Utopia(s), Outer Space Law and Ecology

Matjaz Vidmar, Saskia Vermeylen

Research output: Contribution to journalArticlepeer-review

Abstract

The seeming remoteness of Outer Space has enabled Earth-bound humans to view the expanse of the off-Earth space as terra nullius – no-one’s land or empty. This leads to a spectrum of socio-technical utopias about multi-planetary futures, with human settlements on the Moon, Mars and extraction of minerals form asteroids, to name but a few. However, such narratives, that are steeped in frontier thinking of expanding territorial conquest, foster resurgence of past approaches to places deemed un-occupied merely by the virtue of not belonging to the legal framework applied by the explorers/invaders. The increasing privatisation of access to Outer Space and its resources is framed with a sense of such “entrepreneurs” (Vidmar, 2019) unquestioned entitlement to yet “un-occupied” places, reaffirming the capitalist ideology of growth through expansionist, mercantilist and colonial means.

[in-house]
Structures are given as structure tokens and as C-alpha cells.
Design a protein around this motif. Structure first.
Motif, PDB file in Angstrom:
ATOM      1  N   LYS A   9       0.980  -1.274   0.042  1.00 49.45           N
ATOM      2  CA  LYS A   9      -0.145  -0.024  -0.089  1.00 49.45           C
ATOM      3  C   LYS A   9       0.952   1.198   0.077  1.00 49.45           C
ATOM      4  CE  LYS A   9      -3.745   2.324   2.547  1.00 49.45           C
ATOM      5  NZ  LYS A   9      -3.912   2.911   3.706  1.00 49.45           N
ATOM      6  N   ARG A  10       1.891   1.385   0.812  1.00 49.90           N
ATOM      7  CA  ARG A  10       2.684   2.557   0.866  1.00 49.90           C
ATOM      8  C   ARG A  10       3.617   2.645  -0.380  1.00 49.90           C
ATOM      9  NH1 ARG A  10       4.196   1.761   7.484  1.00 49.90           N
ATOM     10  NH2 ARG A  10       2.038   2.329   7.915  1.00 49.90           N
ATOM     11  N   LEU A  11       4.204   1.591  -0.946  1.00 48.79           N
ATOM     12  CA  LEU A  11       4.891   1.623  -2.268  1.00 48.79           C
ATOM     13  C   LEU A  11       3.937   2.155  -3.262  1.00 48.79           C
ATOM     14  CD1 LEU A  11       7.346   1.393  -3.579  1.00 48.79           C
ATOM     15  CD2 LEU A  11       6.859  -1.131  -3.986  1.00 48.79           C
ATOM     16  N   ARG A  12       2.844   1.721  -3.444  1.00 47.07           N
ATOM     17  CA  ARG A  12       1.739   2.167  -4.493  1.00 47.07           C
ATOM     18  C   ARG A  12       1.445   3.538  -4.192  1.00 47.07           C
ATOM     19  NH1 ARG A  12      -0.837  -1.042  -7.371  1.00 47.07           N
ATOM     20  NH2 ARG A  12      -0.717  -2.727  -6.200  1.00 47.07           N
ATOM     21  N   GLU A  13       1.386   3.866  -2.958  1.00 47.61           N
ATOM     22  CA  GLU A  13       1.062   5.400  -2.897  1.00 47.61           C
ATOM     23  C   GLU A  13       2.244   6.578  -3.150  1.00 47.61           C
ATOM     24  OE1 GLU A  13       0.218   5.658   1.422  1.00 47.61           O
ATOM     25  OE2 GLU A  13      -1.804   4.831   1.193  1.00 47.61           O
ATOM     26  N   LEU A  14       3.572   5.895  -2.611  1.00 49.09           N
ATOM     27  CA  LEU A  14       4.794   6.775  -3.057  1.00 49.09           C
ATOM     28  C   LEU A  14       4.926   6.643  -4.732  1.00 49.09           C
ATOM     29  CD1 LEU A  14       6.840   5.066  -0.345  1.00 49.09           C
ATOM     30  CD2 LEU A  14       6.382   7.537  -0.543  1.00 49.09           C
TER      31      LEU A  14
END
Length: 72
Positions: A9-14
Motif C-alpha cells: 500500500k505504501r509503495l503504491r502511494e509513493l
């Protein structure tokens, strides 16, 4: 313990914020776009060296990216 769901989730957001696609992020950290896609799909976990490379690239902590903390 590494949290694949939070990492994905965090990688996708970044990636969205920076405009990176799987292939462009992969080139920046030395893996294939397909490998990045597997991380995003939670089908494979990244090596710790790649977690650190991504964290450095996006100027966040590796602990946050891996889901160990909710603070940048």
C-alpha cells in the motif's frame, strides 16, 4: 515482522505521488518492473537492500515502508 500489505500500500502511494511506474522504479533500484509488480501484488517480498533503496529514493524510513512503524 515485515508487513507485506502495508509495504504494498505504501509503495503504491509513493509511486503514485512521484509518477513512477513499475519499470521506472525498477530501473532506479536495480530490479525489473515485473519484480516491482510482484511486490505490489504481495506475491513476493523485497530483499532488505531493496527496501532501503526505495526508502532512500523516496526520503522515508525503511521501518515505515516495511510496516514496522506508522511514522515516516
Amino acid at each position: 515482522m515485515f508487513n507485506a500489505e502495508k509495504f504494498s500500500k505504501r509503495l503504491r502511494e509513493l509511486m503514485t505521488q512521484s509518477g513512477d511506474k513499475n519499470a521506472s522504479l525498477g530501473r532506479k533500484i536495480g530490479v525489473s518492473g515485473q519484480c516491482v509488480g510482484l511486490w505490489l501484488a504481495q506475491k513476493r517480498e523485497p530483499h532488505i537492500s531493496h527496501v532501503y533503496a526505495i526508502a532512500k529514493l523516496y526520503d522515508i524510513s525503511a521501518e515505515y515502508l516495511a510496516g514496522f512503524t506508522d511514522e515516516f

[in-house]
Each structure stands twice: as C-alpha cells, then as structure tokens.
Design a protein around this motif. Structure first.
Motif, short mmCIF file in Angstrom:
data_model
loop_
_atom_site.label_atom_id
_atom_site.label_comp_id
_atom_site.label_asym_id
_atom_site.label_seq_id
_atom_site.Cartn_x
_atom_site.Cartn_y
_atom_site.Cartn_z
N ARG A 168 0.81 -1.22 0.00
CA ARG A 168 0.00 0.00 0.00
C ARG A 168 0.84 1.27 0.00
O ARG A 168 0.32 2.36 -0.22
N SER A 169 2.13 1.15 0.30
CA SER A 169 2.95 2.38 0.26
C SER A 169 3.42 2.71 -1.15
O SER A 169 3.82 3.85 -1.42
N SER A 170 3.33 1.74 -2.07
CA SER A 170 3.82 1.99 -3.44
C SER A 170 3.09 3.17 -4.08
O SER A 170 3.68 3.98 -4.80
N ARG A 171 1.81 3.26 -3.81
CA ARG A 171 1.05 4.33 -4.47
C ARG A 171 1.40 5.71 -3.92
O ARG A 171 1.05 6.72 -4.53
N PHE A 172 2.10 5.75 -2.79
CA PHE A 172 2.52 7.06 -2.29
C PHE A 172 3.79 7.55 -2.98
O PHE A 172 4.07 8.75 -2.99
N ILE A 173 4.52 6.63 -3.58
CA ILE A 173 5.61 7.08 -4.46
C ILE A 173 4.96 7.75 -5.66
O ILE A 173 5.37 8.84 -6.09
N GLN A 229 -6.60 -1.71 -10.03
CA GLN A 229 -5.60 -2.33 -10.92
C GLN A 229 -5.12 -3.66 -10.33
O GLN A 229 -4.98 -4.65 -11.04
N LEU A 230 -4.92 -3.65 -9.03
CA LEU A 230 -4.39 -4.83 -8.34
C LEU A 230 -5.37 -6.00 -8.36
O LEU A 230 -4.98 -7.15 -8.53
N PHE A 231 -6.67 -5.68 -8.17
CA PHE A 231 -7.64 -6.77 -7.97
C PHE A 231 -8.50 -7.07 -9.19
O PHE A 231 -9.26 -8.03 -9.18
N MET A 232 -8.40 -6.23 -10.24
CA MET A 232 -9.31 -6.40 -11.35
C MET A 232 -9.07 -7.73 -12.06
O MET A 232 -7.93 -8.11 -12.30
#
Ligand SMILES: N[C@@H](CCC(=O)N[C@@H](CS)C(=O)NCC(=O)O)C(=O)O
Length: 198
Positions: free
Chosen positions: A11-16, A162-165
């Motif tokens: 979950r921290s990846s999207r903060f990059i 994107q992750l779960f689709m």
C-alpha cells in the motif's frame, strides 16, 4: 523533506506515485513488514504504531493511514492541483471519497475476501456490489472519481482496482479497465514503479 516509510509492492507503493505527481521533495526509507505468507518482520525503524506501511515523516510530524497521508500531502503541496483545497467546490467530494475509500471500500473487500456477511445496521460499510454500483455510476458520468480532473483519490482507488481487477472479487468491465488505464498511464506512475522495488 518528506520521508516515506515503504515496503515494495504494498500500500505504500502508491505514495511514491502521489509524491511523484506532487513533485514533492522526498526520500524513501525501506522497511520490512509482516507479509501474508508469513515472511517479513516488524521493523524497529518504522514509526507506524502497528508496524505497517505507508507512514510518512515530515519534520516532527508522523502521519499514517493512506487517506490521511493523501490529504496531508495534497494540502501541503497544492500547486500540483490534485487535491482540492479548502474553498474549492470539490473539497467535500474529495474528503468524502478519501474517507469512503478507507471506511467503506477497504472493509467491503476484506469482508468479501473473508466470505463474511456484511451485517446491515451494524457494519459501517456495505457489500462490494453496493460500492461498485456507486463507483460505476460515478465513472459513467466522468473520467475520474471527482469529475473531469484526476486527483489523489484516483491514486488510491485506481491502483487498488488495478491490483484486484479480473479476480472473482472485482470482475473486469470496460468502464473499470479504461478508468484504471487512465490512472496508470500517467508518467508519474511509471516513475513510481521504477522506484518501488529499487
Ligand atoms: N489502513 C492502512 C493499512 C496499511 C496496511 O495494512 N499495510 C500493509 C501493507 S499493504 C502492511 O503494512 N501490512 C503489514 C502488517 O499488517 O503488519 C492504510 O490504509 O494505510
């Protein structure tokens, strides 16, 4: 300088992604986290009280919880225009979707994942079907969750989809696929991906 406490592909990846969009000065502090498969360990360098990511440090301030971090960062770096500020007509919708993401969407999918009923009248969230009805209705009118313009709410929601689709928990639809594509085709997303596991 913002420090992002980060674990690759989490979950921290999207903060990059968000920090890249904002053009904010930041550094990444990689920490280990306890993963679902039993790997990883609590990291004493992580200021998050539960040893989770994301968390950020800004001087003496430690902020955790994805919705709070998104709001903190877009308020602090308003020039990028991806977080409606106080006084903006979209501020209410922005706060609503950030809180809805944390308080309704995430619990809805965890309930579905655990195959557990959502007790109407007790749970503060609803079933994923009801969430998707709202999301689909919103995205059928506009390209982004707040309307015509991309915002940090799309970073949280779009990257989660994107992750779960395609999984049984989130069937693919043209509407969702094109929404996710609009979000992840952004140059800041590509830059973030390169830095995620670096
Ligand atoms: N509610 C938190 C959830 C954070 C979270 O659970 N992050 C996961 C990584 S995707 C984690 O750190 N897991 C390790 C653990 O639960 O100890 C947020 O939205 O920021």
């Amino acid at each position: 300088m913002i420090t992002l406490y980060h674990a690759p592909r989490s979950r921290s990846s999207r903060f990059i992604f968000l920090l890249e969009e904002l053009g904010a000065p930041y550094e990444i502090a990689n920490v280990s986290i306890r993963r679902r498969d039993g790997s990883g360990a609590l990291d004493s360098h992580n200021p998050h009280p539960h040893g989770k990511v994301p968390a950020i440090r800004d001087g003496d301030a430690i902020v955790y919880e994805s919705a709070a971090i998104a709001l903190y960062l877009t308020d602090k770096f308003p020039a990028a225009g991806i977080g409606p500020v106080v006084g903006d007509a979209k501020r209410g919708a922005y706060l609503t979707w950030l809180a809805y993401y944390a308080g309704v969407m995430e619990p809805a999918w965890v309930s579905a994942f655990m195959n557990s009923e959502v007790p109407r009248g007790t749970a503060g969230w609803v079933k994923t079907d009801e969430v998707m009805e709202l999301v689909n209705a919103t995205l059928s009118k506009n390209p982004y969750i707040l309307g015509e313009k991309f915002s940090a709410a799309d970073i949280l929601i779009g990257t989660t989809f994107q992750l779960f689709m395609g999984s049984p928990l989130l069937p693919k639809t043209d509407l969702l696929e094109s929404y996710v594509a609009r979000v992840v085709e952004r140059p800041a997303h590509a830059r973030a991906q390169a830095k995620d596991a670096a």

Original languageEnglish
JournalEASST Review
Volume41
Issue number1
Publication statusPublished - 1 Apr 2022

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